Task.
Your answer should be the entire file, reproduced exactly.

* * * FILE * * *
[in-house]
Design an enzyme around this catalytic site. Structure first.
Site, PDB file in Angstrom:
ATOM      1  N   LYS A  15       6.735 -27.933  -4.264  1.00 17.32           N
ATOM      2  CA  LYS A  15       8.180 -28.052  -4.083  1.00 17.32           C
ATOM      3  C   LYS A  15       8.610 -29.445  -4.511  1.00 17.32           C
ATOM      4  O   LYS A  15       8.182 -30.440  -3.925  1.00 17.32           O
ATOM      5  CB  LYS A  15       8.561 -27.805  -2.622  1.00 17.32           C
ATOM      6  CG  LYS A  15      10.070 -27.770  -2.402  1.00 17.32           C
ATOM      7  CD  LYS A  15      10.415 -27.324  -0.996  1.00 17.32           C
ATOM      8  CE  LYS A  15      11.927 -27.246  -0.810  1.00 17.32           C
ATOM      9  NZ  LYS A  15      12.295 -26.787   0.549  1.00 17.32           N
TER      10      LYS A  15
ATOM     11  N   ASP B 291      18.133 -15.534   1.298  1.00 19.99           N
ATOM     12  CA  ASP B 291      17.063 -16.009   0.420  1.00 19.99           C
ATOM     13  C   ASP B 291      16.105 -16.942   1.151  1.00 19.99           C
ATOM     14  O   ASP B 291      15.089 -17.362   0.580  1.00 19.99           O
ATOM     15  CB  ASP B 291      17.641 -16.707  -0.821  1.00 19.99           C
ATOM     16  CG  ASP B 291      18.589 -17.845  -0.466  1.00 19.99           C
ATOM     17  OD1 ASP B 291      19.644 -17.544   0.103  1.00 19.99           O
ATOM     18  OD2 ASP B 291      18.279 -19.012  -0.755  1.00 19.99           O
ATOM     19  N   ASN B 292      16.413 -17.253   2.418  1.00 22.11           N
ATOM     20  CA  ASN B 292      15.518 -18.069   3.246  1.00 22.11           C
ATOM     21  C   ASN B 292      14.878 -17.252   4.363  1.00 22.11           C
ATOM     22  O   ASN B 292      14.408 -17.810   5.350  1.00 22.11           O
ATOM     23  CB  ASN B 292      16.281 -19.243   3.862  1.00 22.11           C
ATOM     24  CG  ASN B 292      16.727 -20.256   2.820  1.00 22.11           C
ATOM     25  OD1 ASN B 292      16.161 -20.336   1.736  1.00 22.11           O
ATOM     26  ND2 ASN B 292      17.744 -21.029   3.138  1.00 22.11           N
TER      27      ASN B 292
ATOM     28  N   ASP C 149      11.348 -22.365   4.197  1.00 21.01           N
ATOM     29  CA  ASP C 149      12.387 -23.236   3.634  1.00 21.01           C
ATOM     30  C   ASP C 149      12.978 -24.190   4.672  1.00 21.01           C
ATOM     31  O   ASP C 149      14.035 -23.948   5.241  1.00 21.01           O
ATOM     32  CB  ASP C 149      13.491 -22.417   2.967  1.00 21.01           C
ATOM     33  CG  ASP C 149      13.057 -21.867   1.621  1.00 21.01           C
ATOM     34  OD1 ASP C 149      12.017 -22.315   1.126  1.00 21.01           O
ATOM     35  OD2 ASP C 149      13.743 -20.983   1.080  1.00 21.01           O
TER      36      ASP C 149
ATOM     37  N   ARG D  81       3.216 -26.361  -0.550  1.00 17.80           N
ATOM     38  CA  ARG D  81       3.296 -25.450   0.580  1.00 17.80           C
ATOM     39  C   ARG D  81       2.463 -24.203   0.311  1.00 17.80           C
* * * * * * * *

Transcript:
[in-house]
Design an enzyme around this catalytic site. Structure first.
Site, PDB file in Angstrom:
ATOM      1  N   LYS A  15       6.735 -27.933  -4.264  1.00 17.32           N
ATOM      2  CA  LYS A  15       8.180 -28.052  -4.083  1.00 17.32           C
ATOM      3  C   LYS A  15       8.610 -29.445  -4.511  1.00 17.32           C
ATOM      4  O   LYS A  15       8.182 -30.440  -3.925  1.00 17.32           O
ATOM      5  CB  LYS A  15       8.561 -27.805  -2.622  1.00 17.32           C
ATOM      6  CG  LYS A  15      10.070 -27.770  -2.402  1.00 17.32           C
ATOM      7  CD  LYS A  15      10.415 -27.324  -0.996  1.00 17.32           C
ATOM      8  CE  LYS A  15      11.927 -27.246  -0.810  1.00 17.32           C
ATOM      9  NZ  LYS A  15      12.295 -26.787   0.549  1.00 17.32           N
TER      10      LYS A  15
ATOM     11  N   ASP B 291      18.133 -15.534   1.298  1.00 19.99           N
ATOM     12  CA  ASP B 291      17.063 -16.009   0.420  1.00 19.99           C
ATOM     13  C   ASP B 291      16.105 -16.942   1.151  1.00 19.99           C
ATOM     14  O   ASP B 291      15.089 -17.362   0.580  1.00 19.99           O
ATOM     15  CB  ASP B 291      17.641 -16.707  -0.821  1.00 19.99           C
ATOM     16  CG  ASP B 291      18.589 -17.845  -0.466  1.00 19.99           C
ATOM     17  OD1 ASP B 291      19.644 -17.544   0.103  1.00 19.99           O
ATOM     18  OD2 ASP B 291      18.279 -19.012  -0.755  1.00 19.99           O
ATOM     19  N   ASN B 292      16.413 -17.253   2.418  1.00 22.11           N
ATOM     20  CA  ASN B 292      15.518 -18.069   3.246  1.00 22.11           C
ATOM     21  C   ASN B 292      14.878 -17.252   4.363  1.00 22.11           C
ATOM     22  O   ASN B 292      14.408 -17.810   5.350  1.00 22.11           O
ATOM     23  CB  ASN B 292      16.281 -19.243   3.862  1.00 22.11           C
ATOM     24  CG  ASN B 292      16.727 -20.256   2.820  1.00 22.11           C
ATOM     25  OD1 ASN B 292      16.161 -20.336   1.736  1.00 22.11           O
ATOM     26  ND2 ASN B 292      17.744 -21.029   3.138  1.00 22.11           N
TER      27      ASN B 292
ATOM     28  N   ASP C 149      11.348 -22.365   4.197  1.00 21.01           N
ATOM     29  CA  ASP C 149      12.387 -23.236   3.634  1.00 21.01           C
ATOM     30  C   ASP C 149      12.978 -24.190   4.672  1.00 21.01           C
ATOM     31  O   ASP C 149      14.035 -23.948   5.241  1.00 21.01           O
ATOM     32  CB  ASP C 149      13.491 -22.417   2.967  1.00 21.01           C
ATOM     33  CG  ASP C 149      13.057 -21.867   1.621  1.00 21.01           C
ATOM     34  OD1 ASP C 149      12.017 -22.315   1.126  1.00 21.01           O
ATOM     35  OD2 ASP C 149      13.743 -20.983   1.080  1.00 21.01           O
TER      36      ASP C 149
ATOM     37  N   ARG D  81       3.216 -26.361  -0.550  1.00 17.80           N
ATOM     38  CA  ARG D  81       3.296 -25.450   0.580  1.00 17.80           C
ATOM     39  C   ARG D  81       2.463 -24.203   0.311  1.00 17.80           C